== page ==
The tasks of scientific texts include
• Documentation and conveying information
• Making the research topic a part of the written scientific tradition.
• Publishing research results. The research is considered finished when the results have been published.
• Educating other professionals in the field.
• Societal function (gaining funding and other support).
• Making the information available to potential practical applicators (e.g. health care professionals, schools, legislators).
• General education and the promotion of information.
A scientific text is always an argument in some discourse. The researcher must be able to argue how his/her research relates to previous studies and discourse.
On publishing motives
People working in the field of science have both communal and personal reasons for publishing. The researcher uses his/her publications to participate in scientific discourse, thus ensuring his/her position in academic communication. A mature scientist also wants to inspire younger colleagues to do research. The motives for making one's work public can include not only gaining recognition or showing one's scientific competence, but also education and passing on information. A mature scientist can also write textbooks or reviews. Another motive for publication can be to popularize science for the general public. Those who write about their own research desire recognition. By presenting their research results to the scientific community for evaluation they strive to display their scientific competence. Departments and faculties are under pressure to publish their research, and it is the teaching and research staff who feel this pressure. They are expected to produce quality research that can be published, and the reputation of the university depends on those publications.
What is required of scientific communication?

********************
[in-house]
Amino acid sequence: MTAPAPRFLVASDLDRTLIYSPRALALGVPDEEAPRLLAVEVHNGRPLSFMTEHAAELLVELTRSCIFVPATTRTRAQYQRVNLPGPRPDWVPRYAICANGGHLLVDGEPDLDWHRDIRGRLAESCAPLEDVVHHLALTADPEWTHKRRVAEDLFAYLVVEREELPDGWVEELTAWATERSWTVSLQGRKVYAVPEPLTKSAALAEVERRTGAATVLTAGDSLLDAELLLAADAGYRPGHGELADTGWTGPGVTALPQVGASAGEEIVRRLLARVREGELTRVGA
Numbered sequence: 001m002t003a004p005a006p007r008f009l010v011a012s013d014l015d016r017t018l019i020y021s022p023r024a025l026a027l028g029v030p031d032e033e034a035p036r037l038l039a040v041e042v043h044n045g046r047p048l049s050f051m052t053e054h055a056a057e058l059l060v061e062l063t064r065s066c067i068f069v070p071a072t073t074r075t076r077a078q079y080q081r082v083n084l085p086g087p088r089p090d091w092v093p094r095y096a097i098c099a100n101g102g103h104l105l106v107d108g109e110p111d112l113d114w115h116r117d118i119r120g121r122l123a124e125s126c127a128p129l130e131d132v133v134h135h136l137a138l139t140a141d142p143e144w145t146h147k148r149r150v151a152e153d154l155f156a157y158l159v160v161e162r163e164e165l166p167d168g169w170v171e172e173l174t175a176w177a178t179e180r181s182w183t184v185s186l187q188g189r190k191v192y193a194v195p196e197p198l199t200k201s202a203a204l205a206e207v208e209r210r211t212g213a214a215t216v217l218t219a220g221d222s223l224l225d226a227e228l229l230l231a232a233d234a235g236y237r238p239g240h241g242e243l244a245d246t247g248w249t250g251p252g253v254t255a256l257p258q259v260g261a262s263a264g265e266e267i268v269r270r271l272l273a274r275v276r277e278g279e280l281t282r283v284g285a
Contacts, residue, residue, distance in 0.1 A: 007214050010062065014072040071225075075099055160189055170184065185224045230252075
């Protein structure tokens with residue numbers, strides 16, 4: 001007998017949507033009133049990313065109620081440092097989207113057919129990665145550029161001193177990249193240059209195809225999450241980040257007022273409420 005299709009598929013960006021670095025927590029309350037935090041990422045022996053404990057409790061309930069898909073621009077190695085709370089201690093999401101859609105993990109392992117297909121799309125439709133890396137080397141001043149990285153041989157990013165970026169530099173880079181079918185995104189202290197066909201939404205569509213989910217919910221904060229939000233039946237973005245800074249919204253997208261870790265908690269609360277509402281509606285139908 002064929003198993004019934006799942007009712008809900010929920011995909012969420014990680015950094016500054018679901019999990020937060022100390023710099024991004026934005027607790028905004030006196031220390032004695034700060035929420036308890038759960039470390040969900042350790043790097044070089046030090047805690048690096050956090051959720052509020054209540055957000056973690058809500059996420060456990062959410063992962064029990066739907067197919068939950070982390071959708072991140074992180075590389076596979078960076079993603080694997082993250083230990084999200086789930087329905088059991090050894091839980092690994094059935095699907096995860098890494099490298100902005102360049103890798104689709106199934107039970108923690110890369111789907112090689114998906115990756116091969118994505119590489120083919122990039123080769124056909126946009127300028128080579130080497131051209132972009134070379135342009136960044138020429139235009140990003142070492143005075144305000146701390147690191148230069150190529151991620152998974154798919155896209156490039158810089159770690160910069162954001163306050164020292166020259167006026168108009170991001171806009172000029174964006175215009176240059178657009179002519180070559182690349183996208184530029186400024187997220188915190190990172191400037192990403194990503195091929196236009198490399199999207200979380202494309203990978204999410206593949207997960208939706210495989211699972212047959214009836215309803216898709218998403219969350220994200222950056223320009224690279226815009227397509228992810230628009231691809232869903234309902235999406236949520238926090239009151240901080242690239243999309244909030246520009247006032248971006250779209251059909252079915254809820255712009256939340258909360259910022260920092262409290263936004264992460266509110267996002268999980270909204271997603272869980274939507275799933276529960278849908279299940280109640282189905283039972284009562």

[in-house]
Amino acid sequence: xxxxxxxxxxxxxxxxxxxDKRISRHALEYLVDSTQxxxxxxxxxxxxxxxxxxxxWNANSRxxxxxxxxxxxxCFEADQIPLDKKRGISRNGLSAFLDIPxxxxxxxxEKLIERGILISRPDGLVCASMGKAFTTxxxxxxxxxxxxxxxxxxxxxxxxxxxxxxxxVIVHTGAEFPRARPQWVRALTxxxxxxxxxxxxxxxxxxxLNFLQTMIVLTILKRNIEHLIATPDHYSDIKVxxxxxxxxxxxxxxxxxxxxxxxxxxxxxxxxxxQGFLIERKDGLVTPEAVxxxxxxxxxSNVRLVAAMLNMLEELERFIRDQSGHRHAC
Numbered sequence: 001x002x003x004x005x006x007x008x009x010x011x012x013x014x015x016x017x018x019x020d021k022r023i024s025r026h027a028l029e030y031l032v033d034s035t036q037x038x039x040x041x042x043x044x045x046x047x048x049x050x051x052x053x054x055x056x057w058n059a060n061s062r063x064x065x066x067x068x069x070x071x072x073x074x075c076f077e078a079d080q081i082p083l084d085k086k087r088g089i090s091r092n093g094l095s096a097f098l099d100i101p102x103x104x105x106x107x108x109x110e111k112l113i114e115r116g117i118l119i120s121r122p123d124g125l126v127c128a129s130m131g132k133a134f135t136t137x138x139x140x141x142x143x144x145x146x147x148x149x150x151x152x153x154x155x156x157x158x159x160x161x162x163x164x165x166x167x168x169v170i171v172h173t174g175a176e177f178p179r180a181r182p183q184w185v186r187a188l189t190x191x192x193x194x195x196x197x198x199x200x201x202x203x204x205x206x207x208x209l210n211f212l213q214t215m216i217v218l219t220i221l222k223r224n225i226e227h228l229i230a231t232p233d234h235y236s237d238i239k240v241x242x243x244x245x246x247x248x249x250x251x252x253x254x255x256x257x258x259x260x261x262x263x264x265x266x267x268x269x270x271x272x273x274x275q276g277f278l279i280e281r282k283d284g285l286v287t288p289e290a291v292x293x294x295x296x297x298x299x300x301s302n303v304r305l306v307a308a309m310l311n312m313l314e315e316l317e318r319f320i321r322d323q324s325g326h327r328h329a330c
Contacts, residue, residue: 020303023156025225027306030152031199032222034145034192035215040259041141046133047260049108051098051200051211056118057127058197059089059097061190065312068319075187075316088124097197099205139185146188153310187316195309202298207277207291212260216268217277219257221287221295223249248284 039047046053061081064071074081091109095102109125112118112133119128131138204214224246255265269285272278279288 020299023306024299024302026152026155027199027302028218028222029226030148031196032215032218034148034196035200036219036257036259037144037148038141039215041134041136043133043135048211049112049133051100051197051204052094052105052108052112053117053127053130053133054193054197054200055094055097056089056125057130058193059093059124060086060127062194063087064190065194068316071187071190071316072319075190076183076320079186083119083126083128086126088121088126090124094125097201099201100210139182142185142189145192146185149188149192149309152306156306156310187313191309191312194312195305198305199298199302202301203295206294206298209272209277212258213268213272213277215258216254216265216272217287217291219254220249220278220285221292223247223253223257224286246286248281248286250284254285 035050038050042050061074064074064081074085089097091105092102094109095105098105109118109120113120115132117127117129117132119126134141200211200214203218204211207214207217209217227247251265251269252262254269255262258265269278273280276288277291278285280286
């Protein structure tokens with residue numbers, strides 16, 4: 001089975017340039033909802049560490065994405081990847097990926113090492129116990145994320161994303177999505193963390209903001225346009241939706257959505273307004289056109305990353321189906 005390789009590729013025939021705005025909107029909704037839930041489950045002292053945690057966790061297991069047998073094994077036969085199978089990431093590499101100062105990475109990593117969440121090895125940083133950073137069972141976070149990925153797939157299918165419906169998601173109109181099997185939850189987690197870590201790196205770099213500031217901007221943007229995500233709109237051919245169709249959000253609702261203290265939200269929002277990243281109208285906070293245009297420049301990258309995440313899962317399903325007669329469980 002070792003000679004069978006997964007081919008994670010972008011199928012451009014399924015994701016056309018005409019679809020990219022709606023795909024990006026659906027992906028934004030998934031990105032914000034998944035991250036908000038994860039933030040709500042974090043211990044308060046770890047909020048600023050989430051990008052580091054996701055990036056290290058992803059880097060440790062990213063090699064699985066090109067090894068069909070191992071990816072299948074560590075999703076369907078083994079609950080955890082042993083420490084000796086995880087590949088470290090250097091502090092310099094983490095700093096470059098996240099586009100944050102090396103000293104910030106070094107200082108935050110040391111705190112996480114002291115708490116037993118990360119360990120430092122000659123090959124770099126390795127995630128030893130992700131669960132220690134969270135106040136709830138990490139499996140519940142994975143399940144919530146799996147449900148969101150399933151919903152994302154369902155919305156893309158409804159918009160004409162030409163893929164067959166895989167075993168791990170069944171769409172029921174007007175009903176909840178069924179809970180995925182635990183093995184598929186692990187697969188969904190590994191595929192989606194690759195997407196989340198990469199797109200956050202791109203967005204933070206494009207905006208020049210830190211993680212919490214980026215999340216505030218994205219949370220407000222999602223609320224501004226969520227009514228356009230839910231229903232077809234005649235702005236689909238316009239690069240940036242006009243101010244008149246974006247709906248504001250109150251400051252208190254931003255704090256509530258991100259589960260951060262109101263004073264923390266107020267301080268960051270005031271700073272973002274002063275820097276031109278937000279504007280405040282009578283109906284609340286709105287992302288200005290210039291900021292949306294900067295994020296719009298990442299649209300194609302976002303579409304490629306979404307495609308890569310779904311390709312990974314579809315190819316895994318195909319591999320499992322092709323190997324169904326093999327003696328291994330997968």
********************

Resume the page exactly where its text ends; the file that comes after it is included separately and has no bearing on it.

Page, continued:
Scientific text must contain the information necessary to make the reader understand the presentation. The aim is to make it simple: to present issues clearly and to use words in such a way that their meaning comes easily to the readers. The researcher must make his/her claims so that everyone with the appropriate training will understand them. The researcher makes his/her research and the results thereof public. S/he must use concepts understood at least by other experts, and presents the results in an easily comprehensible manner. S/he avoids complicated sentences and unnecessary expressions, and strives for general clarity and simplicity. The target audience dictates how the text is written.
Ethical issus must also be considered during both the writing and publication processes. Scientific writing is not just stating facts, it is constructing meanings as well; the choice of words, as well as presentation, structuring and referencing methods always construct different meanings. Doing science and writing about it are a balancing act between old and new, certain and uncertain, promotion and modesty, a communal voice and one's own 'researcher's voice', tradition and innovation, as well as criticism and tact.
Scientific norms require that the results are available for anyone to use, as long as credit is given where credit is due. This is done by e.g. referring to the original source so that the reader can see where the thought has originated. In other words, plagiarism is not allowed even when you are borrowing from your own work. Striving for truthfulness requires that research results are not falsified. Uncritical generalizations or meaningless glorification of the results is not permitted.
The researcher should also mention the shortcomings of his/her work. Documentation must not me misleading or incomplete. The researcher should be his or her own primary critic. Data collection and analysis methods must be related in the manner generally expected in the scientific community.
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